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Shorter days and heavy rains signal the beginning of Makahiki season, a time of harvest and celebration

makahiki festival waimanalo
U.S. Marine Corps
Wikimedia Commons
Members of a ceremonial procession present gifts to the Hawaiian god Lono during the hoʻokupu protocol presentation of a Makahiki festival in Waimanalo. Lasting from October until February, the Makahiki season honors Lono, the guardian of peace and health, as he arrives for the transition from Kū, a time of war, politics and construction, to Lono, a time of relaxation and celebration of life.

Summer flowers are gone, the days are shorter, and rain clouds are coming in, all signaling the beginning of Makahiki season, an annual time of harvest and celebration. In old Hawaiʻi, it was also a time of reckoning, when the fruits of a year's labor were assessed and distributed.

"Makahiki is about time," said Imaikalani Winchester, who was born and raised in ʻEwa on Oʻahu.

He's pursuing a doctorate in education and has been teaching at Hālau Kū Māna Public Charter School for 18 years. They hold a Makahiki festival in Makiki every November.

"Specifically for an agrarian society, Hawaiian time was divided between Kū and Lono. Lono came during the winter seasons and so his kino lau, or body forms, come in the form of the dark clouds, the shorter days, the rains, the heavy rains that are going to be coming that we are also accustomed to," Winchester said.


"During this time, the chief would meet with the kahunas and they would kilo, they would observe, the rising of Makaliʻi in the east."

That's the Pleiades. The Seven Sisters.

"And the rise of Makaliʻi in the east during this time signaled the changeover from the Kū season to the Lono season."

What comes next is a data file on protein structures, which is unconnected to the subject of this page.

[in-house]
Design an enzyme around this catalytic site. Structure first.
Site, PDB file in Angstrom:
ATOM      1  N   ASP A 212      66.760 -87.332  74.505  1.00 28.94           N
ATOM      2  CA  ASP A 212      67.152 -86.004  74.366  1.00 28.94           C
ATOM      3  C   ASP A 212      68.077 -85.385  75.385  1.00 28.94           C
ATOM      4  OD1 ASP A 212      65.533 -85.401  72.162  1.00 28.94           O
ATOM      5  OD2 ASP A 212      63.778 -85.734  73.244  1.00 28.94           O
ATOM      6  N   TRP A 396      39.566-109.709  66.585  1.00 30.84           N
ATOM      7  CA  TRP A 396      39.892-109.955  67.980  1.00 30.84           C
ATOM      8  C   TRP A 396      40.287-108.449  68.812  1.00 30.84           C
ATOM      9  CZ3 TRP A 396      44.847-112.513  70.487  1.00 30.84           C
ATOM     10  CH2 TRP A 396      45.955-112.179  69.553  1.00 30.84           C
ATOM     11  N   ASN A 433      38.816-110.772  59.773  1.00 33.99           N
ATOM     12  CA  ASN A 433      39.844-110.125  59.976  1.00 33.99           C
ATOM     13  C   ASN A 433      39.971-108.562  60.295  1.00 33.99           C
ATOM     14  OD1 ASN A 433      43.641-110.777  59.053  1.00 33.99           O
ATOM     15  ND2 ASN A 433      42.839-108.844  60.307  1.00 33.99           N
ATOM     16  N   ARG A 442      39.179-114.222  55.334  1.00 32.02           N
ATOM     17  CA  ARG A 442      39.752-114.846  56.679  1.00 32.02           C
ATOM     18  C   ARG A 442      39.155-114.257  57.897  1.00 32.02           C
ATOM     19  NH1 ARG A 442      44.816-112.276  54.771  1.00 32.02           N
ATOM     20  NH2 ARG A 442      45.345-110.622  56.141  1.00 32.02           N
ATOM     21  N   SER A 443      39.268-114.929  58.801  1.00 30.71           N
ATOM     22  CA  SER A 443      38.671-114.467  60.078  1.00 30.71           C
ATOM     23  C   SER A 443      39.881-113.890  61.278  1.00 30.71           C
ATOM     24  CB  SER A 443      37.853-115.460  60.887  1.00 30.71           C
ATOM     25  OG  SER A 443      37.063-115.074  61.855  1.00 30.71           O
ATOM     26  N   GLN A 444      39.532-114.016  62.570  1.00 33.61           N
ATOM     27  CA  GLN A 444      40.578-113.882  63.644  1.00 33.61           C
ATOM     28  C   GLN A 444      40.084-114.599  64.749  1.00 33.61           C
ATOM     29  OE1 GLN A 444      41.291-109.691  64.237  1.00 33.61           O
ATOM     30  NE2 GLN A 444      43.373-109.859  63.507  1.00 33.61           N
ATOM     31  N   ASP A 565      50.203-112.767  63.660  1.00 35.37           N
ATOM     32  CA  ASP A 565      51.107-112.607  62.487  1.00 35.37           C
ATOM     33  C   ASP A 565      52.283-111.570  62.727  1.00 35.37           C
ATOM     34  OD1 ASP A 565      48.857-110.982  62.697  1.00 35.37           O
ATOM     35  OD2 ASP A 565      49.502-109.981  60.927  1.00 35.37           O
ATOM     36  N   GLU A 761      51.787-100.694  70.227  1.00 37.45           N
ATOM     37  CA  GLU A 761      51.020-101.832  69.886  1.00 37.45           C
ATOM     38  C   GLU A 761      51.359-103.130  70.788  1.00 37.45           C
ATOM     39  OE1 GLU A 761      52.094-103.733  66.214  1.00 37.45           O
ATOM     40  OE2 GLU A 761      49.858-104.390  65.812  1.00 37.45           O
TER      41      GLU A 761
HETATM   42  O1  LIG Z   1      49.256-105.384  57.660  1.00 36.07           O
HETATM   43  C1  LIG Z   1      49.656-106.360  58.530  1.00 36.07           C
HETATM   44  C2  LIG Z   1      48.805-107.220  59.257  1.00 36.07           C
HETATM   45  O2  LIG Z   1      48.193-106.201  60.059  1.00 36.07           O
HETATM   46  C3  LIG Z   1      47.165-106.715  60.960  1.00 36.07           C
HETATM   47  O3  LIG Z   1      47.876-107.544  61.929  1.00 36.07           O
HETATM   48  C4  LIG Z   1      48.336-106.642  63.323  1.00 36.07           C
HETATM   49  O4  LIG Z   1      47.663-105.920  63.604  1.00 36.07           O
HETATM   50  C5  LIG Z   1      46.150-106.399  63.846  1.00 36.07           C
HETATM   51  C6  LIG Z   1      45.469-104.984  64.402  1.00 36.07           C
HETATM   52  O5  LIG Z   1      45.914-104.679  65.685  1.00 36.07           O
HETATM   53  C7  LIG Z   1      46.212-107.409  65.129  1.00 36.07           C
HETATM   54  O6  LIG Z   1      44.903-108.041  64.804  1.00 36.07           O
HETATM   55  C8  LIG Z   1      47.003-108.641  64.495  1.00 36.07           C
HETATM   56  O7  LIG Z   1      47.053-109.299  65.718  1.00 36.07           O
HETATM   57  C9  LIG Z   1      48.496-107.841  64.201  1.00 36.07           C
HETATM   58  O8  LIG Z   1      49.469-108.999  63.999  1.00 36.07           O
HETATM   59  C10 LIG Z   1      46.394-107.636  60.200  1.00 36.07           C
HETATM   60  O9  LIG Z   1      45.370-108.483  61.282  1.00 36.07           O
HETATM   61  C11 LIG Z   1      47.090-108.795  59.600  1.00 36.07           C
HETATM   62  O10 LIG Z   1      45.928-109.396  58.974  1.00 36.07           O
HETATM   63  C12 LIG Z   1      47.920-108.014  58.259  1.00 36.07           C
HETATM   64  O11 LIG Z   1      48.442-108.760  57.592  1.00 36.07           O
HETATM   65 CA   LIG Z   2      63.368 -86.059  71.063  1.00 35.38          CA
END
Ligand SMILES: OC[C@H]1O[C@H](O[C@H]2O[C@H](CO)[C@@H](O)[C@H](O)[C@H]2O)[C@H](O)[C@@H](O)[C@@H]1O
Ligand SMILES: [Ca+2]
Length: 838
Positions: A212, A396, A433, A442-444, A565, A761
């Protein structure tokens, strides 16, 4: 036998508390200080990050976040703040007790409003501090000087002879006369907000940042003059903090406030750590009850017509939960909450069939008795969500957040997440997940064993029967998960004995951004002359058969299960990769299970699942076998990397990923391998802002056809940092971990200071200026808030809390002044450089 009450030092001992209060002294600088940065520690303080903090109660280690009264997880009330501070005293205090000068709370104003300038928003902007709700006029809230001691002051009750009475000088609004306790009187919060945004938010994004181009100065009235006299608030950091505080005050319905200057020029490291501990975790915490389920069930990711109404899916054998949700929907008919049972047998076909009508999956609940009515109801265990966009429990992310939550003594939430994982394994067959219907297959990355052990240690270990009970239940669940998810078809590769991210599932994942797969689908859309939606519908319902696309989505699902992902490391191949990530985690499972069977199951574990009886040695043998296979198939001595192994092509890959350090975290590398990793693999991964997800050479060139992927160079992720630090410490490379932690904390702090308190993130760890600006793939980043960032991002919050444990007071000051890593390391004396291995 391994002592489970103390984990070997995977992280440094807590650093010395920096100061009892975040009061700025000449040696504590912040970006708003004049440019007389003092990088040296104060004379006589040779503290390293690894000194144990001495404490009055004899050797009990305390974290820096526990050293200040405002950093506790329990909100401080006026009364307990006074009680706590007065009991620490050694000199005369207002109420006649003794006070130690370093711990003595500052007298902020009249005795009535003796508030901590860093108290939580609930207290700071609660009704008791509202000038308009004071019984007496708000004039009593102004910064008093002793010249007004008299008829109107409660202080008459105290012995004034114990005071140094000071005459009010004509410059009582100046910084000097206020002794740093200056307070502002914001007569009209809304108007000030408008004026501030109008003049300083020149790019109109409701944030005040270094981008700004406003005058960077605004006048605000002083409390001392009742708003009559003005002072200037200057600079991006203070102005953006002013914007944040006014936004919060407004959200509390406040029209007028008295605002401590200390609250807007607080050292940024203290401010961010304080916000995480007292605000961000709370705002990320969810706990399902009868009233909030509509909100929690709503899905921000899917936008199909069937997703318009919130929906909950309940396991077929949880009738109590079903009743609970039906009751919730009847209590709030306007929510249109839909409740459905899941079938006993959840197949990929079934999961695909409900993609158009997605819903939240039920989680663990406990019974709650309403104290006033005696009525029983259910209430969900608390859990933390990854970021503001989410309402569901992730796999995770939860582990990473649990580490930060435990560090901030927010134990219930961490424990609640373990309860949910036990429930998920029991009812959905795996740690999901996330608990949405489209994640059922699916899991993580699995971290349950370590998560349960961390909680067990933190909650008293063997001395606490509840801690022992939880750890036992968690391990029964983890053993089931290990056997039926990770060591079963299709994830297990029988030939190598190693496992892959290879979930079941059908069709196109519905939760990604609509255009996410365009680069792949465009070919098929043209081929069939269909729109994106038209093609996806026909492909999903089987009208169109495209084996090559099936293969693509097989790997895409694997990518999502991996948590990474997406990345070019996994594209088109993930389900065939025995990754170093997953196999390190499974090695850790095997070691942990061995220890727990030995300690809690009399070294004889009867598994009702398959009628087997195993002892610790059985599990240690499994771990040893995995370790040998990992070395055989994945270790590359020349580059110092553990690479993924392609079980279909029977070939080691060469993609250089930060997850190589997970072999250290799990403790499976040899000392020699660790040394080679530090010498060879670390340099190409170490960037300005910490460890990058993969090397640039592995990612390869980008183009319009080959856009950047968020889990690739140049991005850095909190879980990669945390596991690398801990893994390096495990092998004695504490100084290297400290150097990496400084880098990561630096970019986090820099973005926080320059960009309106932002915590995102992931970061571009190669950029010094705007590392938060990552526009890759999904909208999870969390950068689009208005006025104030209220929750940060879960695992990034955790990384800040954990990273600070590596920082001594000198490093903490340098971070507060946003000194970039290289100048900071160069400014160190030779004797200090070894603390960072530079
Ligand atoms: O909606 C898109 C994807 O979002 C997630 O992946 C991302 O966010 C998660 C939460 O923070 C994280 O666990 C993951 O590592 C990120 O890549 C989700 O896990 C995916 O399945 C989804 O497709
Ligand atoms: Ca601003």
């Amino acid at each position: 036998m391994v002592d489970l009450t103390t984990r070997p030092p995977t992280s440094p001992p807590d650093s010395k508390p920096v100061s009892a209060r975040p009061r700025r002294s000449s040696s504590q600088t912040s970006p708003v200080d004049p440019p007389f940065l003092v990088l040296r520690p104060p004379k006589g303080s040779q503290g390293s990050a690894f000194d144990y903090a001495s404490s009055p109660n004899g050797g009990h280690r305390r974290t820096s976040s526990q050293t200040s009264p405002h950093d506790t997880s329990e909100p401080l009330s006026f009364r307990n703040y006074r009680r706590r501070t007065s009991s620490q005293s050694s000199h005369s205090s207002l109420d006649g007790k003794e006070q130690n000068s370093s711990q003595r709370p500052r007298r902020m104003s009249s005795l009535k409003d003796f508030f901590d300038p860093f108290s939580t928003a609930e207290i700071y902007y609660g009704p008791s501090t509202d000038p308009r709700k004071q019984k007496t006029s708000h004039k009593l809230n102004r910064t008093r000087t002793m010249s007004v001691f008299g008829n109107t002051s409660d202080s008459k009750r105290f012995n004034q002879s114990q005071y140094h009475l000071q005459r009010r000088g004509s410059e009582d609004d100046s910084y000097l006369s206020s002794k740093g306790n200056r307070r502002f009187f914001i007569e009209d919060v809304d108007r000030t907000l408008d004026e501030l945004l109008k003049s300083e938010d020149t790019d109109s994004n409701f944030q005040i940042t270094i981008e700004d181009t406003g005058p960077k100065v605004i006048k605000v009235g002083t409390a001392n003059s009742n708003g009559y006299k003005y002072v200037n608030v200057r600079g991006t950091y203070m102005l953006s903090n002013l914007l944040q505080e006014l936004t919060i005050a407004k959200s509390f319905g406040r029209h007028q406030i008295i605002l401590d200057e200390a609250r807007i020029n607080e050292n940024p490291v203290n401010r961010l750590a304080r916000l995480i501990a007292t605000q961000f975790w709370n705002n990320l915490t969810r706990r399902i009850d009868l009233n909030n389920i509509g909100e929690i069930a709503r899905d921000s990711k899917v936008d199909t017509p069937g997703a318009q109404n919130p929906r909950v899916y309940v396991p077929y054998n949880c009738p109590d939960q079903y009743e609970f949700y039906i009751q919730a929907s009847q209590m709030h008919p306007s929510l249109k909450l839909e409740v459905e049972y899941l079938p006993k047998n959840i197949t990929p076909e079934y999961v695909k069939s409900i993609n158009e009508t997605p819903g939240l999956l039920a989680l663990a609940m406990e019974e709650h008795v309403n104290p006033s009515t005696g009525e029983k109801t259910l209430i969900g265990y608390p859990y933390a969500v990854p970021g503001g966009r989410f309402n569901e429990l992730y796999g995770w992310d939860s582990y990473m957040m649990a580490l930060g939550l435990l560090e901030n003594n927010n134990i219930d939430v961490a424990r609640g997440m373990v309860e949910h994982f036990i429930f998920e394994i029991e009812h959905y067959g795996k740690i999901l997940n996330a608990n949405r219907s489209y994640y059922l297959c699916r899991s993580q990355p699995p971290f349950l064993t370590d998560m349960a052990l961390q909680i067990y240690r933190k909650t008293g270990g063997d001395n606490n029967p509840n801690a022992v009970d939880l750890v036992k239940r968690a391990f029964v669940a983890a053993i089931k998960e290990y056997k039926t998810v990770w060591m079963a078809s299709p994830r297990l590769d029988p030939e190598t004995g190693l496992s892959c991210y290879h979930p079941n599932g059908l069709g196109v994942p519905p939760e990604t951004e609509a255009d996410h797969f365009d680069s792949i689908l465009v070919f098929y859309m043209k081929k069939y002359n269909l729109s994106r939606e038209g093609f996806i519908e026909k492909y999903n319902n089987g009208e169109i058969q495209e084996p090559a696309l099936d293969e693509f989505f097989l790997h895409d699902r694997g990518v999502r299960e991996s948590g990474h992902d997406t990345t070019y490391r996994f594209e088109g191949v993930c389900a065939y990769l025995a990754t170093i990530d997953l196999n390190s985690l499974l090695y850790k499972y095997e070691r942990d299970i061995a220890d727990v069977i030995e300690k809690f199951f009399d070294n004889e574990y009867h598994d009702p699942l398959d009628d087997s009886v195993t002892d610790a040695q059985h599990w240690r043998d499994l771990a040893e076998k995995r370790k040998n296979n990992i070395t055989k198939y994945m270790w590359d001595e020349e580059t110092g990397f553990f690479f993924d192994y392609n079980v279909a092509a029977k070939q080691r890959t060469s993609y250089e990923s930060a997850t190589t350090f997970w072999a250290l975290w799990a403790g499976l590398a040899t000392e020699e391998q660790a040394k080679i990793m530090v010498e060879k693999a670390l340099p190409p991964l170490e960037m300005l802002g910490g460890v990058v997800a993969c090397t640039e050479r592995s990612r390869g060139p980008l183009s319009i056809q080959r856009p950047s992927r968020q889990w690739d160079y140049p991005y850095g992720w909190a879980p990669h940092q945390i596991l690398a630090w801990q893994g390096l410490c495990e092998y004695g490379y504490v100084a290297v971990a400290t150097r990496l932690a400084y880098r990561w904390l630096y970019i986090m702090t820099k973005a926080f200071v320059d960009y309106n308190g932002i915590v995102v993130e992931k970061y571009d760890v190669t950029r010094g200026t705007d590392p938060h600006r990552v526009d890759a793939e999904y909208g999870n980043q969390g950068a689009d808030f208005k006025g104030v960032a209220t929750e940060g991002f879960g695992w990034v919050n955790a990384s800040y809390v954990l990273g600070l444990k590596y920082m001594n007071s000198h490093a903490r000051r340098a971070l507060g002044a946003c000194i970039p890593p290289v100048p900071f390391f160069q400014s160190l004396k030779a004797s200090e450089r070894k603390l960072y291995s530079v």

Winchester says, generally, this occurs around Nov. 17, inaugurating the four-month season of Lono.

Students at Hālau Kū Māna are preparing right now for protocols, games and events that mark the season.

"These traditional games would prepare the people and identify the great athletes, the great warriors, the great poets, the great orators in these grand celebrations," he said. "It was a time for the chiefs to kaʻapuni, or to travel around with the Akua Loa, who is the long staff. The Akua Loa represents Lono."

Could you describe it?

akua loa lono.jpg
Bernice Pauahi Bishop Museum
The Akua Loa, image of Lono.

"The Akua Loa is a tall staff with a crosspiece at the section. The long staff which is held by the hand is called the aulima. And the crosspiece at the top section is called the ʻaunaki. These are important because these are the two fire starters in Hawaiian tradition. So part of what Lono brings is the fire starters," he said. "From it hang two peʻa, which are two kapa pieces, sort of catches the wind, and it means the sparking of life."

The white kapa peʻa can billow from the Akua Loa, like banners.

"So Lono would be draped with lei with Hulu, specifically that of the kaʻupu bird, who would be representative of famine. To remind the people and the chief to avoid bad decisions that would lead us ultimately to famine. And our people faced famine."

Winchester says Makahiki is about the year's harvest, normally a season of bounty, which was offered to Lono in ritual ceremonies.

"And the chief would then 'kalai' or redistribute many of the offerings to his chiefs, to the people, and so the bounty was shared in what I like to consider a big block party."

"Some people will say that during this time it's an evaluation of the wealth and the well-being of the society, of the community, of the king himself, and the way that he rules. Because a good chief is a chief who can feed many," he said.

"These are the times during the season for Lono, the season of healing and peace, to really celebrate the collective work, the collective responsibilities that society shares."

"Lonoikamakahiki is like Lono of the new year, right, so don't tell me Merry Christmas, don't tell me Happy New Year's, tell me Lonoikamakahiki."

Through this whole season?

"Through this whole season. We always try to say, like, (sings) Lonoikamakahiki is the thing to say...."


Click here to listen to the extended interview from The Aloha Friday Conversation.

Noe Tanigawa covers art, culture and ideas for Hawaiʻi Public Radio.
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